Appealed from: U.S. District Court for the District of Columbia Judge Gasch
Before NIES, Circuit Judge, NICHOLS, Senior Circuit Judge, and BISSELL, Circuit Judge.
This is a consolidated appeal from the order of the district court, National Treasury Employees Union v. Reagan, 629 F. Supp. 762 (D.D.C. 1985), granting appellees' motion for summary judgment, on the grounds that, after severing an unconstitutional one-House veto provision from the Federal Pay Comparability Act of 1970, Pub. L. No. 91-656, 84 Stat. 1946 (1971)(the Pay Act), the alternative pay plan provision of the Act is not unconstitutional and that the federal pay plan implemented for fiscal year 1984 complied with the terms of the Act. Our jurisdiction of this appeal is derived from 28 U.S.C. § 1295(a)(2) (1982). We affirm.
The Pay Act provides a mechanism for the annual adjustment of the pay rates of federal employees in the statutory pay systems for the purpose of achieving pay comparability with employees in the private sector doing substantially equal work. Under the Act, the President appoints a pay agent who prepares an annual report comparing salaries of federal employees with salaries of private sector employees and recommending appropriate adjustments in federal salaries. The pay agent submits the report to the President and also to the Advisory Committee on Federal Pay. The Advisory Committee on Federal Pay reviews the report and makes additional recommendations to the President.
Based on the pay agent's report and the recommendations of the Advisory Committee on Federal Pay, the President is to adjust federal employees' pay in accordance with the principles of 5 U.S.C. § 5301(a)(1982) providing for pay comparability with the private sector. The President is required to transmit to Congress a report of the pay adjustment together with the pay agent's report and the report of the Advisory Committee on Federal Pay.
The Act provides an alternative plan for adjusting statutory pay rates. "If, because of national emergency or economic conditions affecting the general welfare" the President considers it "inappropriate to make the pay adjustment required" by 5 U.S.C. § 5305(a), the President may prepare and transmit to Congress an "alternative plan with respect to a pay adjustment as he considers appropriate, together with the reasons therefor, in lieu of the pay adjustments required" by section 5305(a). 5 U.S.C. § 5305(c)(1).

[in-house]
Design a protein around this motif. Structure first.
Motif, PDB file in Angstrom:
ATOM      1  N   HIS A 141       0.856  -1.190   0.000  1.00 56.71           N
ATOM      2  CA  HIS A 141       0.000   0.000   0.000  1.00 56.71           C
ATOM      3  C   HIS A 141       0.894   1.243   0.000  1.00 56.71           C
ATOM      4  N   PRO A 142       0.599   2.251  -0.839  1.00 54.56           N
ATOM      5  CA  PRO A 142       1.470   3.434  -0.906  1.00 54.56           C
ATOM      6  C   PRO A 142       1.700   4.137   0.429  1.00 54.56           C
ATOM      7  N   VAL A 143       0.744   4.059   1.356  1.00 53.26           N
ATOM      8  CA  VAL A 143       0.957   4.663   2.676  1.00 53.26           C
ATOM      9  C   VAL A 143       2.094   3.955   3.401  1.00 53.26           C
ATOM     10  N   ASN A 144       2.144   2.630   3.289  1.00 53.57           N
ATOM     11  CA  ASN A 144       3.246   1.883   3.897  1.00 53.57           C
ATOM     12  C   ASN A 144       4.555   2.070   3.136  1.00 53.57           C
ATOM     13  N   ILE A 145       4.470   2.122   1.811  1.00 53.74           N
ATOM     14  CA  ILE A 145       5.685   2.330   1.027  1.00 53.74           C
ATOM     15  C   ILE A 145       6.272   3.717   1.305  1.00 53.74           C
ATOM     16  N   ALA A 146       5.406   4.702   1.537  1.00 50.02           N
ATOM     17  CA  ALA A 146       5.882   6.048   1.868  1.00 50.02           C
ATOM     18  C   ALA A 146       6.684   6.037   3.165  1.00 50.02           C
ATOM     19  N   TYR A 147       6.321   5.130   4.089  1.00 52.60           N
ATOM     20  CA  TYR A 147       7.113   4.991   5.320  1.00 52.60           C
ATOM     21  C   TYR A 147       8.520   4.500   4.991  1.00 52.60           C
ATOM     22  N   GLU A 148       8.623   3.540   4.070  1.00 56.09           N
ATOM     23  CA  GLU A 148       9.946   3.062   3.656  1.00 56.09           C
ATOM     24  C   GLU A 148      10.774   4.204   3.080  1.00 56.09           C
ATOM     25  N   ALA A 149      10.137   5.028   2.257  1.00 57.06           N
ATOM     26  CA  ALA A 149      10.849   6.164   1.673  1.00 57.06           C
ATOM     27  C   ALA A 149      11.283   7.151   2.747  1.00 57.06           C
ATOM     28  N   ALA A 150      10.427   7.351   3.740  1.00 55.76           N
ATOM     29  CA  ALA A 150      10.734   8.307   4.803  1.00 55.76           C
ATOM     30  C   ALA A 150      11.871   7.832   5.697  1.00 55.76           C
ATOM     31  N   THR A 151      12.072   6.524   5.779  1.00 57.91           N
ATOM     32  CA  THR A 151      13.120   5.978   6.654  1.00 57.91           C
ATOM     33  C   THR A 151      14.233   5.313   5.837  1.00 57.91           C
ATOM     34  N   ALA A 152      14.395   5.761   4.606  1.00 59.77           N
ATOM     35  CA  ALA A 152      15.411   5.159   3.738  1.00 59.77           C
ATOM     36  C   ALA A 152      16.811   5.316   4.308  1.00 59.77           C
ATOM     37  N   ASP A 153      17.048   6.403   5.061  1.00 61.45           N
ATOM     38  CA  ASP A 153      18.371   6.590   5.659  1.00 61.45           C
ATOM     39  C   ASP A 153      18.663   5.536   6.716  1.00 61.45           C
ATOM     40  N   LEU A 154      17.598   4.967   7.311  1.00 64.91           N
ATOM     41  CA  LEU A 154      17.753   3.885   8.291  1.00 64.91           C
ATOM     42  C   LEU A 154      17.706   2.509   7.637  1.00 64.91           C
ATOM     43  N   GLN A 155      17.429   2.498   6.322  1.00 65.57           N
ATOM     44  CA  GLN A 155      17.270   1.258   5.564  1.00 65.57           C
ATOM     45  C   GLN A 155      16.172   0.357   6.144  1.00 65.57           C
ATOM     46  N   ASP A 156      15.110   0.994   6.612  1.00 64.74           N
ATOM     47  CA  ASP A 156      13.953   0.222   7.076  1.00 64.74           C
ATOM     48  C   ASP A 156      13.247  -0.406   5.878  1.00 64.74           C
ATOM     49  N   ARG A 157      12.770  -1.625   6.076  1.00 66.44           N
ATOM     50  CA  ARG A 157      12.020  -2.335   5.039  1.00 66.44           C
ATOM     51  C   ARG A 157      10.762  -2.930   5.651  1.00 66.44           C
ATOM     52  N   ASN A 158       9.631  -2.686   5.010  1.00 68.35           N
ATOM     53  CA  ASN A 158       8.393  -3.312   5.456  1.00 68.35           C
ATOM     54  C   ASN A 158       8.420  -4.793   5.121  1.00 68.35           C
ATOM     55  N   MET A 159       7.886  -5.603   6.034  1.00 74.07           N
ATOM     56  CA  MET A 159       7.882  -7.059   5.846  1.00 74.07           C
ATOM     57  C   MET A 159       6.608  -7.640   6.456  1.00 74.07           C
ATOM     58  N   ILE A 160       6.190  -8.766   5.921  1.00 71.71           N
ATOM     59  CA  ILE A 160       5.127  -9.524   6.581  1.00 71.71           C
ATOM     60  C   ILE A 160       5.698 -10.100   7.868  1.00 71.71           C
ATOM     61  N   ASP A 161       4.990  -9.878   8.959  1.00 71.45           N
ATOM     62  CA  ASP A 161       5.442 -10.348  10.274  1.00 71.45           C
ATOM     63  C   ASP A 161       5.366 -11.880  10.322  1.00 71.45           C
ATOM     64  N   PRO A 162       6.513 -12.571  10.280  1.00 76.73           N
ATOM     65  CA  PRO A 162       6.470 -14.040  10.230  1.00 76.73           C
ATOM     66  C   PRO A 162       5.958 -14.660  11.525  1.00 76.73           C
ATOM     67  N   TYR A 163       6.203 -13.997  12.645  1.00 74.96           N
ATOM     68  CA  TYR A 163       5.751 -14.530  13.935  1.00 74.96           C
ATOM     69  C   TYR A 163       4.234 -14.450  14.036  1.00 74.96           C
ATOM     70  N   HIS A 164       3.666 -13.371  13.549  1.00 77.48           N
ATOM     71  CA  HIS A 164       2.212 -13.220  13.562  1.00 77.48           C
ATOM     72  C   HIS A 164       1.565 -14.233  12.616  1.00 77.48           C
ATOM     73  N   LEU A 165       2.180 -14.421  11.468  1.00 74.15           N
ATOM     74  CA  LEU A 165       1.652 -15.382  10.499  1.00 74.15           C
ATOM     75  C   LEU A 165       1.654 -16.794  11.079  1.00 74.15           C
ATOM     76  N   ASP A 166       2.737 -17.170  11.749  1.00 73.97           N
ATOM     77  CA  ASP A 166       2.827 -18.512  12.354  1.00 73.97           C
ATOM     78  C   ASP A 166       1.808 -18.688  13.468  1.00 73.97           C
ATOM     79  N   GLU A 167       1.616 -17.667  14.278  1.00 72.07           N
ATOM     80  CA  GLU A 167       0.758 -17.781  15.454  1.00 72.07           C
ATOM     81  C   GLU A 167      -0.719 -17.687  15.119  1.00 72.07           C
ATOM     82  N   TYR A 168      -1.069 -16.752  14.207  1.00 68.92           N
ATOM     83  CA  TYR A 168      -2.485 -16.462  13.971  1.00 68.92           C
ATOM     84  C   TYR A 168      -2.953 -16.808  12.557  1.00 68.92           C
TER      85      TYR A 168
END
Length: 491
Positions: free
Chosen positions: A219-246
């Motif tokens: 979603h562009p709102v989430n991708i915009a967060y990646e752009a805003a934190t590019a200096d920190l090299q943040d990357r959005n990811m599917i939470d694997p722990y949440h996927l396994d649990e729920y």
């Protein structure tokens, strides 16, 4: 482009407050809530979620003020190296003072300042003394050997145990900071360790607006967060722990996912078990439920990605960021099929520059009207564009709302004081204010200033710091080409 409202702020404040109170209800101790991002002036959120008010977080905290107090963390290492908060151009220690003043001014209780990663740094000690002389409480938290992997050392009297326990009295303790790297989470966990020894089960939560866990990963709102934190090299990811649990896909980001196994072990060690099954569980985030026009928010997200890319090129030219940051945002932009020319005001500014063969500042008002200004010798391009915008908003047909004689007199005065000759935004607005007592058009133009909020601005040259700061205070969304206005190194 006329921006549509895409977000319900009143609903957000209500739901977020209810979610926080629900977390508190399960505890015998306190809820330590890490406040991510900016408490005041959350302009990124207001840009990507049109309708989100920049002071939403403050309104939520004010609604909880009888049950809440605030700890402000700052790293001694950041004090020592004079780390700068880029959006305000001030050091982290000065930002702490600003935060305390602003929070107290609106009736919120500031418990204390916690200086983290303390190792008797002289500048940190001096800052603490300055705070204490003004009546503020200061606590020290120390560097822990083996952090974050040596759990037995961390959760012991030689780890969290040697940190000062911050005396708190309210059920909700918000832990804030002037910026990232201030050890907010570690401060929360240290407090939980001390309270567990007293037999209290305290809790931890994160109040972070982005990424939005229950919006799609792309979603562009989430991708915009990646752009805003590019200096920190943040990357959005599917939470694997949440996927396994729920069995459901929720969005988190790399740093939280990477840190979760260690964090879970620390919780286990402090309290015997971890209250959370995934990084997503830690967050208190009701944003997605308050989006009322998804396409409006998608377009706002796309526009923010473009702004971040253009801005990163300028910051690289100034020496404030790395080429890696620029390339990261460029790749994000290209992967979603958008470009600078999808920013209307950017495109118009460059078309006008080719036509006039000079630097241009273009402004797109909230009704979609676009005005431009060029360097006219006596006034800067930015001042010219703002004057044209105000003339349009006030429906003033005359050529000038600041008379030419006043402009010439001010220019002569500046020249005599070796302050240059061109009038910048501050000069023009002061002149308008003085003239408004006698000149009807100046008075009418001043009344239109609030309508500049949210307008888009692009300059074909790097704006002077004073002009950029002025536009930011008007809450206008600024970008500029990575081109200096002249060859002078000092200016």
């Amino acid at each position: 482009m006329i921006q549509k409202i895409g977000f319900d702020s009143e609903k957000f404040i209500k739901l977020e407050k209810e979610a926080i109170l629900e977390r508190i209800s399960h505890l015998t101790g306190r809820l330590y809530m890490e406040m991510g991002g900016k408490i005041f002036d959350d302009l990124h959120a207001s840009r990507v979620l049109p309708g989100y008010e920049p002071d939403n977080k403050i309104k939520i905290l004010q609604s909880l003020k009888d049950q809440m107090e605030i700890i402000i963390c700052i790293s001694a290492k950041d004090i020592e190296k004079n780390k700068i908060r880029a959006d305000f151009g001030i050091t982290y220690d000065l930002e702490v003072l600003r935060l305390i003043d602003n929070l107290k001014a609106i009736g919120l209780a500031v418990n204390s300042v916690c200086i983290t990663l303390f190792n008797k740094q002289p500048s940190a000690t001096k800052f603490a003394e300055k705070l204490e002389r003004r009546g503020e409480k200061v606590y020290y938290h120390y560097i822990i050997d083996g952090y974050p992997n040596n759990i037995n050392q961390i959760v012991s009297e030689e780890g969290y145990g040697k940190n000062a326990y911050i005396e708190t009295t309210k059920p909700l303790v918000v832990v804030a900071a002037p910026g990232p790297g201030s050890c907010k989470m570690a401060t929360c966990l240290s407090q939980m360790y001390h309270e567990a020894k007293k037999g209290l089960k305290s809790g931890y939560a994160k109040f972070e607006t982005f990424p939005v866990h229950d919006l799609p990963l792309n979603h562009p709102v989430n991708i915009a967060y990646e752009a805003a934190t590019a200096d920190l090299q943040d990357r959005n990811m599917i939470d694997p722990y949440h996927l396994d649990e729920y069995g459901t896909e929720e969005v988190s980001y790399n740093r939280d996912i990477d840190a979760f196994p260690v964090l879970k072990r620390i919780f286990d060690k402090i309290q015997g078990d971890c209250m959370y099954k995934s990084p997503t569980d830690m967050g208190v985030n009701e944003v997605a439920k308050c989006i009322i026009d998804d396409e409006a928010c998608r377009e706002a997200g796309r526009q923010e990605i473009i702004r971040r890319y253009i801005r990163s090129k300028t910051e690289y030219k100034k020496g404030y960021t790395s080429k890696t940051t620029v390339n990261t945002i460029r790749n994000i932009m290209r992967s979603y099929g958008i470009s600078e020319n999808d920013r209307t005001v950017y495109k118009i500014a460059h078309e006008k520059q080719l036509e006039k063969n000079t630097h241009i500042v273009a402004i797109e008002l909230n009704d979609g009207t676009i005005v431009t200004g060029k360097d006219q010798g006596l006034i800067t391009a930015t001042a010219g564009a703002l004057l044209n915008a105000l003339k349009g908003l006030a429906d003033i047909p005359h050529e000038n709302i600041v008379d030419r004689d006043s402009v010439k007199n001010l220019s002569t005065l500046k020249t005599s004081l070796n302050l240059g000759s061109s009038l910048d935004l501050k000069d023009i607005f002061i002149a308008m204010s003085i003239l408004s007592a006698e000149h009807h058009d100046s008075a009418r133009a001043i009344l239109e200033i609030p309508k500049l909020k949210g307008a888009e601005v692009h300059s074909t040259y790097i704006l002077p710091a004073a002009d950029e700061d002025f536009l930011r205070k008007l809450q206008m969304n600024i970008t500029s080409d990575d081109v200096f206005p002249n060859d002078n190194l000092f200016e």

The Act also provides for a legislative veto of the alternative plan. The alternative plan submitted by the President becomes effective on the first day of the first applicable pay period commencing on or after October 1 of the applicable year and continues in effect unless, before the end of the first period of 30 calendar days of continuous session of Congress after the date the plan is transmitted, either House adopts a resolution disapproving it. 5 U.S.C. § 5305(c)(2). If either House adopts a resolution disapproving the alternative plan, the Act requires the President to adjust pay rates in accordance with section 5305(a)(2) and (3) "effective as of the beginning of the first applicable pay period commencing on or after the date on which the resolution is adopted, or on or after October 1, whichever is later." 5 U.S.C. § 5305(m).
For fiscal years 1980, 1981, 1983, and 1985, the President submitted to Congress alternative plans proposing increases less than those recommended by his pay agent. Neither House of Congress disapproved and in each year the pay increase proposed by the President became effective. In fiscal year 1982, Congress enacted the Omnibus Budget Reconciliation Act of 1981, Pub. L. No. 97-35, § 1701, 95 Stat. 357, 753, section 1701(a) of which provided for a cap of 4.8 percent on the adjustment of statutory pay rates under 5 U.S.C. § 5305. In fiscal year 1984, Congress enacted the Omnibus Budget Reconciliation Act of 1983, Pub. L. No. 98-270, § 202, 98 Stat. 157, 158 (1984), section 202(a)(1) of which provided that the adjustment to statutory pay rates under 5 U.S.C. § 5305 would be 4 percent.
Appellants American Federation of Government Employees, AFL-CIO (AFGE) and National Treasury Employees Union (NTEU) are unincorporated associations based in Washington, D.C. AFGE and NTEU are the exclusive bargaining representatives of federal employees whose pay was adjusted under alternative pay plans submitted by the President in 1980, 1981, 1983, and 1985. The other named appellants are members of AFGE and NTEU who reside in Washington, D.C.
This matter came before the district court on the defendants' motion for judgment on the pleadings in NTEU v. Reagan and on cross motions for summary judgment in both cases. The district court denied the defendants' motion for judgment on the pleadings, denied the plaintiffs' motions for summary judgment, and granted the defendants' motions for summary judgment in both cases.
All parties agreed that under Immigration and Naturalization Service v. Chadha, 462 U.S. 919, 77 L. Ed. 2d 317, 103 S. Ct. 2764 (1983), the one-House veto provision of the Act was unconstitutional. The district court concluded that the one-House veto provision was severable from the alternative pay plan provision because the provisions of the Act remaining after severance were fully operable as law, and the legislative history of the Pay Act did not demonstrate that Congress would not have enacted the alternative pay plan procedure without the one-House veto provision. The district court concluded that the alternative pay plan, absent the one-House veto provision, was not an unconstitutional delegation of legislative authority. The ...